Benton is on solid ground. Moreover, it is the same David Corn who, in a previous life, was in the forefront of those on the Left who condemned secret wiretapping as a violation of American’s civil liberties. Writing at The Lid, a Jewish website, Jeff Dunetz points out that Corn wrote the following regarding NSA wiretaps of suspected terrorists:

It’s not every day a former deputy attorney general testifies that the White House violated the law–and did so knowingly. But that seemed to happen this morning when former Deputy Attorney General James Comey testified before the Senate judiciary committee about the once-secret NSA warrantless wiretapping program that targeted citizens and residents in the United States.

So Corn is concerned about secret wiretapping of those who might be our very real enemies, and who might use their power to harm us in a terrorist action. Their civil liberties are being violated, and Corn is upset. But obviously his concern does not extend to violating the rights of political activists preparing for a campaign, even though every side, Democrat and Republican, engages in opposition research.

Moreover, when Corn was D.C. editor of The Nation, he wrote the following:

For months, George W. Bush, Dick Cheney and other administration aides have been defending–even championing–what they call the “terrorist surveillance program,” under which the National Security Agency can intercept communications that involve an American citizen or resident without a warrant if one party to the communication is overseas and suspected of being linked to anti-American terrorists). They have maintained that the president has the authority as commander in chief to authorize such surveillance. Though the Foreign Intelligence Surveillance Act (FISA) generally forbids wiretapping without warrants, the White House has contended that Bush is not bound by the limitations of that law. This claim–arising from the Bush administration’s view of expansive (even supreme) presidential power–set up a constitutional clash. And in the first round of the legal battle, Judge Taylor has knocked out the White House argument.

In her decision, she accused the administration of dishonestly arguing that the lawsuit filed by the ACLU and others (including journalists, researchers and lawyers) against the NSA wiretapping should be dismissed because it would expose state secrets.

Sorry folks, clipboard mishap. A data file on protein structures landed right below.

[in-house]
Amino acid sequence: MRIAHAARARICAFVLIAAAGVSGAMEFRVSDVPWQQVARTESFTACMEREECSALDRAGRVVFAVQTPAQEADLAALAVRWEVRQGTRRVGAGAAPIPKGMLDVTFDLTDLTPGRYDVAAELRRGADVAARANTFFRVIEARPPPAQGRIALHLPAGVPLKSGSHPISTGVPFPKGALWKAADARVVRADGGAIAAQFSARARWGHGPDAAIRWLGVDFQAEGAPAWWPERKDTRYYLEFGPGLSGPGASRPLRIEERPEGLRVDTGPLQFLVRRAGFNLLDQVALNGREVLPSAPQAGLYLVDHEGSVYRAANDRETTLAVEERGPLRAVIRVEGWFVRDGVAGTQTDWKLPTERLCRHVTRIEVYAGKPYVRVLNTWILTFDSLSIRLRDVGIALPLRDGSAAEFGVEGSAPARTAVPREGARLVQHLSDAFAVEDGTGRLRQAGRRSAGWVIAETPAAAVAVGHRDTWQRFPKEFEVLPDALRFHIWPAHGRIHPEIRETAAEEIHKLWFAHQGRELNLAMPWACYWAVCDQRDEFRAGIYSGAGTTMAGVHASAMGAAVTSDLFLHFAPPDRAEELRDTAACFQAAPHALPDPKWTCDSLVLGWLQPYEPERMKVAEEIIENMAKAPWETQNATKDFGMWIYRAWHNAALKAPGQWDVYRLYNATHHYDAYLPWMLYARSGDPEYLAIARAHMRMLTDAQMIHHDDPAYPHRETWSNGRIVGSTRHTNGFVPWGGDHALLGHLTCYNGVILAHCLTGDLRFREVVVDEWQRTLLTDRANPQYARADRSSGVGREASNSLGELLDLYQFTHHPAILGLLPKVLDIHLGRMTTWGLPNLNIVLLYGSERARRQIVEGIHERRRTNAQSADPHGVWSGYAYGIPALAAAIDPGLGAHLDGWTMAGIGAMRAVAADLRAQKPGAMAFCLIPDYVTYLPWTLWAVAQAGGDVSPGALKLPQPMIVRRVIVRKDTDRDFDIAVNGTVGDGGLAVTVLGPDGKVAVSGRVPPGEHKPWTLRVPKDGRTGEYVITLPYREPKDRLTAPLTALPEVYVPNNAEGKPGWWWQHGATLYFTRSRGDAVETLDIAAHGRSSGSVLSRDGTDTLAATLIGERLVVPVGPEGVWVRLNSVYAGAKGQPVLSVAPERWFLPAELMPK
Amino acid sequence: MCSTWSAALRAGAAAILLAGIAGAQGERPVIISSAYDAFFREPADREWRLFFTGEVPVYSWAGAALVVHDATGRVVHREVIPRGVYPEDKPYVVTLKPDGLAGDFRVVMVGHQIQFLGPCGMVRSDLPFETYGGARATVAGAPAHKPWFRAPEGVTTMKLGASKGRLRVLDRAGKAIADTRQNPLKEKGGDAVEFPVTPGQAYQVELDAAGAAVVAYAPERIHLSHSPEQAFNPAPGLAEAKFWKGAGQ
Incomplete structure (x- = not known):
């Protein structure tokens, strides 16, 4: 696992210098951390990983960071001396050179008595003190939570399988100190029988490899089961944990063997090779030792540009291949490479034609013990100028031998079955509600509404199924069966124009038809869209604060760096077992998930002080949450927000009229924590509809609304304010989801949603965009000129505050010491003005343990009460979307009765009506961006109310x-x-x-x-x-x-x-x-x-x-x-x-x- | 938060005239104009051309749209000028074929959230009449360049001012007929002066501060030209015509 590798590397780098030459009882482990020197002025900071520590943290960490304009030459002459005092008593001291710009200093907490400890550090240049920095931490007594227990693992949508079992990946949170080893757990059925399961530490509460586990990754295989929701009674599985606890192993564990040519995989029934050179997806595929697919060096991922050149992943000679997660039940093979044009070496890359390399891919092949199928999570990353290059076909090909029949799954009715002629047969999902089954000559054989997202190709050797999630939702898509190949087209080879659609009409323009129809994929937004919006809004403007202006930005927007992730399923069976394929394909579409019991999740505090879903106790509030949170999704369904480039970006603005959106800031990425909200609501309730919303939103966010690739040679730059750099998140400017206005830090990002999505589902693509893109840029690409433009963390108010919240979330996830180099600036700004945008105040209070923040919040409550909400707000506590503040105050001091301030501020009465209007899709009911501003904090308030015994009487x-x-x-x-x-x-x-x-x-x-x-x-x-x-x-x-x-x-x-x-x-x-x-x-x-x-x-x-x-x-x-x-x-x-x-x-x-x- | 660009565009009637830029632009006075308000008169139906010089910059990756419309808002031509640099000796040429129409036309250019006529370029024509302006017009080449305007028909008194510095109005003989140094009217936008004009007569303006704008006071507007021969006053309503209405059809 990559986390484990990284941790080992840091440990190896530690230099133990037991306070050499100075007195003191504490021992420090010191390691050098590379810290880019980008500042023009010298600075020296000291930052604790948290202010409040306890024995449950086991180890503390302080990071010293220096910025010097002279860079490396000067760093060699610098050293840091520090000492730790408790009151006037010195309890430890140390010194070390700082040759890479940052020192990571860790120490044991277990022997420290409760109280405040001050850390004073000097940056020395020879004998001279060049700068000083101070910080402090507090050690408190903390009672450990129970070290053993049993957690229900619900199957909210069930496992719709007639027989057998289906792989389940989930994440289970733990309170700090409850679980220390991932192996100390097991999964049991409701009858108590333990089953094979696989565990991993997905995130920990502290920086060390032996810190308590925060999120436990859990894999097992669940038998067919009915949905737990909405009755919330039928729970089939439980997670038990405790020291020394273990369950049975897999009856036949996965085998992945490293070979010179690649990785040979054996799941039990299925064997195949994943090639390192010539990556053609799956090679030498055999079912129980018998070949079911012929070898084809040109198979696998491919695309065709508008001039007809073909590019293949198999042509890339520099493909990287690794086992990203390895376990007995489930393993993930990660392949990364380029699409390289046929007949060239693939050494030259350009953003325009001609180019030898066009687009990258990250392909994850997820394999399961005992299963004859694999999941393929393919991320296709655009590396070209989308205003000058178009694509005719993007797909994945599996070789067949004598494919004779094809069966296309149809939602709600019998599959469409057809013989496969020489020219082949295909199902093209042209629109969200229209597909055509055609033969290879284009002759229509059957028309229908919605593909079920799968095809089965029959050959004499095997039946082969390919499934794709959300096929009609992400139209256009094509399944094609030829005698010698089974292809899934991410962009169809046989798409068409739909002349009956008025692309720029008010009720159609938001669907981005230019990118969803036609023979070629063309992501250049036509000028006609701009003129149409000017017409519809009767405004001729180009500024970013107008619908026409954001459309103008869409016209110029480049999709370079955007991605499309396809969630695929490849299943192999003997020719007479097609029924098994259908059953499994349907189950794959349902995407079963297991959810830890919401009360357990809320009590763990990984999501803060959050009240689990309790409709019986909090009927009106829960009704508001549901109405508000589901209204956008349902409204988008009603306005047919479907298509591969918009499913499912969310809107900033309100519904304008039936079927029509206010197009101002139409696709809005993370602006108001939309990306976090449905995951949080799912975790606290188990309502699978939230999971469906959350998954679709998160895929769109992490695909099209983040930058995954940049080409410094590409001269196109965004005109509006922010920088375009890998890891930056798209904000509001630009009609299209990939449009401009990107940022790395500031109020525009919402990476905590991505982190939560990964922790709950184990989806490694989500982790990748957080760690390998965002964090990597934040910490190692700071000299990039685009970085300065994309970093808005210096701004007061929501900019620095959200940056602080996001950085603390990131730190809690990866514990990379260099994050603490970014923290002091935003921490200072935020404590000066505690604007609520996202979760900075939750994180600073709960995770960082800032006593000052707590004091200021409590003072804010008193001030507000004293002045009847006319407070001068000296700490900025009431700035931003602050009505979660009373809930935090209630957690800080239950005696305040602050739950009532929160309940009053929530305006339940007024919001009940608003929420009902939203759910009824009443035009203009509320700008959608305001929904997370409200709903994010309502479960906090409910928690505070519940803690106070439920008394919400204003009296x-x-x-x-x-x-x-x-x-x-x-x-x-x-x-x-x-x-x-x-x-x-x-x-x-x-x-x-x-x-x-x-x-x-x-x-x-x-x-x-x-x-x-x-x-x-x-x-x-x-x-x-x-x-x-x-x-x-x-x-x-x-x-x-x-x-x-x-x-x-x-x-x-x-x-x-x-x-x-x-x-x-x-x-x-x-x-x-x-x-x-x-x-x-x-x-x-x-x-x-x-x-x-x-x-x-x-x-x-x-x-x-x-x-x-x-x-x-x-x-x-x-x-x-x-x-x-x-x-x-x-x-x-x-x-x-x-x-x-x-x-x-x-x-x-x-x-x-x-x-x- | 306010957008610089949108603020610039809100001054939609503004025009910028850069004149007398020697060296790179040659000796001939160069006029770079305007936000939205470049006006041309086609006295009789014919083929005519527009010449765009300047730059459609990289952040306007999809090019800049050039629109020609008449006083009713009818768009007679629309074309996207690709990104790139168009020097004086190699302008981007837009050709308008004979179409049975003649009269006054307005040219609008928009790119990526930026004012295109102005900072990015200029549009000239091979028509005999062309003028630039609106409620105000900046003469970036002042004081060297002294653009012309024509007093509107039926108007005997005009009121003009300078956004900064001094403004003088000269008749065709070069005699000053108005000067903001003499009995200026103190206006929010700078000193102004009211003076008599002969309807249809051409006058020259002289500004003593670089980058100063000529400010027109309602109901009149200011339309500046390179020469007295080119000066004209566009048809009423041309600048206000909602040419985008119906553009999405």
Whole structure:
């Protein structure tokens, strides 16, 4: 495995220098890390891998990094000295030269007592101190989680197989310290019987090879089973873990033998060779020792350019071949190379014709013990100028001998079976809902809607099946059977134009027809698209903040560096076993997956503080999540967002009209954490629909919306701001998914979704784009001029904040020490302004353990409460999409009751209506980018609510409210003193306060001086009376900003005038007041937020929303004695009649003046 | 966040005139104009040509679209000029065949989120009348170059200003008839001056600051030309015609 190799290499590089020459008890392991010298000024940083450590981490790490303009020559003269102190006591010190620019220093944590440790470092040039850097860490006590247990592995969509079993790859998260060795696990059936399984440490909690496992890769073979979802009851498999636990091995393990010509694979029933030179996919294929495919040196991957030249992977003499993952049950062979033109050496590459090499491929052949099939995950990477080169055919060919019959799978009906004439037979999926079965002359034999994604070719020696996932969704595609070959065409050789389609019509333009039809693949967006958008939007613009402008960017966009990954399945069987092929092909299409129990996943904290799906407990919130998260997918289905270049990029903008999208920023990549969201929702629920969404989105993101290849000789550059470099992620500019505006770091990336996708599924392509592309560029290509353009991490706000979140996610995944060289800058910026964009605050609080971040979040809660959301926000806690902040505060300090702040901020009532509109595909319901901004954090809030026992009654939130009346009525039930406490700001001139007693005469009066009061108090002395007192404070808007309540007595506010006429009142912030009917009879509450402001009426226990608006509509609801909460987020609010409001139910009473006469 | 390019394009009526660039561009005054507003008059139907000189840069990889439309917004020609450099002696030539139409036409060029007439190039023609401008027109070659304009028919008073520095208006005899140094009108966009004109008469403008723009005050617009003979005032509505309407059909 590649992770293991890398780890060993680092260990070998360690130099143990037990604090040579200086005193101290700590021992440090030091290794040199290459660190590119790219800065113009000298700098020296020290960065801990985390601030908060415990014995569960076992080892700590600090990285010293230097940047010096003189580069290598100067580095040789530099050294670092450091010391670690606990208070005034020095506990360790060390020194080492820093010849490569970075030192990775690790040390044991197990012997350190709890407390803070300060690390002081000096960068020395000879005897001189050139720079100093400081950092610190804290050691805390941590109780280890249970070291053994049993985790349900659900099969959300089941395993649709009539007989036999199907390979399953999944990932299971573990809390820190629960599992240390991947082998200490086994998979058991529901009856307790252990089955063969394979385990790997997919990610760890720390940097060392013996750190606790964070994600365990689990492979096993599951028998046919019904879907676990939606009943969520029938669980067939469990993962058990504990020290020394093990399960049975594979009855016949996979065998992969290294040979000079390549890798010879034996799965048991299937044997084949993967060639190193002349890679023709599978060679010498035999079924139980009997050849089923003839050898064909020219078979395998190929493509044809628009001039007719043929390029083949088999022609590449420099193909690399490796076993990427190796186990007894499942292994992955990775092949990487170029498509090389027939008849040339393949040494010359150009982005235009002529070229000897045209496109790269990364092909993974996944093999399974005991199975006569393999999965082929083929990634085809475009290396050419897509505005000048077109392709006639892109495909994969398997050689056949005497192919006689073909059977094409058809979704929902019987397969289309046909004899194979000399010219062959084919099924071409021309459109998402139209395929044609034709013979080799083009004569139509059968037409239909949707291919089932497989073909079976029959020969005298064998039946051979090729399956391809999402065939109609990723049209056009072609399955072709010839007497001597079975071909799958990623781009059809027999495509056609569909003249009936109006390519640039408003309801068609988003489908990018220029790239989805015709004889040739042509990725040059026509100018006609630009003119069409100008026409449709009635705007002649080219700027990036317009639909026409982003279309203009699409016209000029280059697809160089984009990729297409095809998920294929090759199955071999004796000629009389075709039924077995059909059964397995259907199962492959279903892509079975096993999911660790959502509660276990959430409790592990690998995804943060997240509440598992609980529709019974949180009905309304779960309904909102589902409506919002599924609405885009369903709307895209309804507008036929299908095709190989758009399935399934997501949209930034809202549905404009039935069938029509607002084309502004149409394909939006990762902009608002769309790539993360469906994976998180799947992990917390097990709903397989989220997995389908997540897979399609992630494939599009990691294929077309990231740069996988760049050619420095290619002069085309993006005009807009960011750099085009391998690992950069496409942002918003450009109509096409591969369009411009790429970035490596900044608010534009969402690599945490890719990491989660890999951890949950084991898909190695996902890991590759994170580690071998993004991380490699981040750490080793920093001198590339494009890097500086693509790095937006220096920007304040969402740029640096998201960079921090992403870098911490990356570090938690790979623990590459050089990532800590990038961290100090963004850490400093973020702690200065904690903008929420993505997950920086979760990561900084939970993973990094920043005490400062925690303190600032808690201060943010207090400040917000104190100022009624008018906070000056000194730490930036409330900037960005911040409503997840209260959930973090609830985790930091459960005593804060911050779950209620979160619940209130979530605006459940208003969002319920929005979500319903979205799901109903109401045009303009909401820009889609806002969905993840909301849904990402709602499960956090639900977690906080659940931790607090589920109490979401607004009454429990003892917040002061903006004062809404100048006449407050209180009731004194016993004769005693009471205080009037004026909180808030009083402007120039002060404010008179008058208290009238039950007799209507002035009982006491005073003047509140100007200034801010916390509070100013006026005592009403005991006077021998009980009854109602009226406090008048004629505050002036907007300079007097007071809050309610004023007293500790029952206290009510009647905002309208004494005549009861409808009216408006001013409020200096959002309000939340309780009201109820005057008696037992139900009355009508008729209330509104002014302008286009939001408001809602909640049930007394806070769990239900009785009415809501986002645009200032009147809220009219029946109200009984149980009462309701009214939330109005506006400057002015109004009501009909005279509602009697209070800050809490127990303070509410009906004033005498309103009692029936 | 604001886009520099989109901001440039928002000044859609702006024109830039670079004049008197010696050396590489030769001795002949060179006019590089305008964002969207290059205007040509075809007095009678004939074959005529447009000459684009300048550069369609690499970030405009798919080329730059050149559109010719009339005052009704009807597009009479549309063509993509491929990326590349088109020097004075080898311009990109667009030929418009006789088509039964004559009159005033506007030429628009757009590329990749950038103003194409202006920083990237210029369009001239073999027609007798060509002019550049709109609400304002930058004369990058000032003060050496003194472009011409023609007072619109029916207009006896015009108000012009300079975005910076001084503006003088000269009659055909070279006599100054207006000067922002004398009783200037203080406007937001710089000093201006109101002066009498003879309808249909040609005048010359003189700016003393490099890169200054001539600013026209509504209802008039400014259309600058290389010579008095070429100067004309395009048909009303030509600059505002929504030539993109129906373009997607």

Accusing Bush of acting like a king or a dictator, Corn added that “democracy, though, is not easy. And a commander in chief has to abide by the rules, as various courts have now ruled. The administration’s King George approach to governance has taken another blow. But it’s royally unlikely this president is going to accept the decision and give up his claim to the throne.”

Well, we finally know how the Left sees things. Taping private events is bad when done to ferret out potential terrorists and find out about their plots — their rights are being violated. But secret taping of political opponents on the Right is fair game. We all know that the Right has no civil liberties worth protecting. Corn is of the generation that read the late Herbert Marcuse in the ’60s. The author of the theory of “repressive tolerance,” Marcuse argued that any means were necessary to defeat the aims of conservatives, even if it meant engaging in depredations against democracy and civil liberties. Fascists had no rights, and one’s opponents on the Right, of course, were all potential fascists to the Left. Remember that in the 1950s, the American Communist Party called President Harry S. Truman, the man who favored nationalized health care, a Fascist.

Call it what you will, but David Corn’s article might lead to the FBI finding that indeed McConnell’s headquarters were bugged. But then, McConnell is a potential fascist himself, and to the Left, violating his liberties is only a defensive action. And if it turns out that  Mother Jones did illegally bug his staff and meeting rooms, they will naturally condemn any action against them as a right-wing plot against freedom of the press.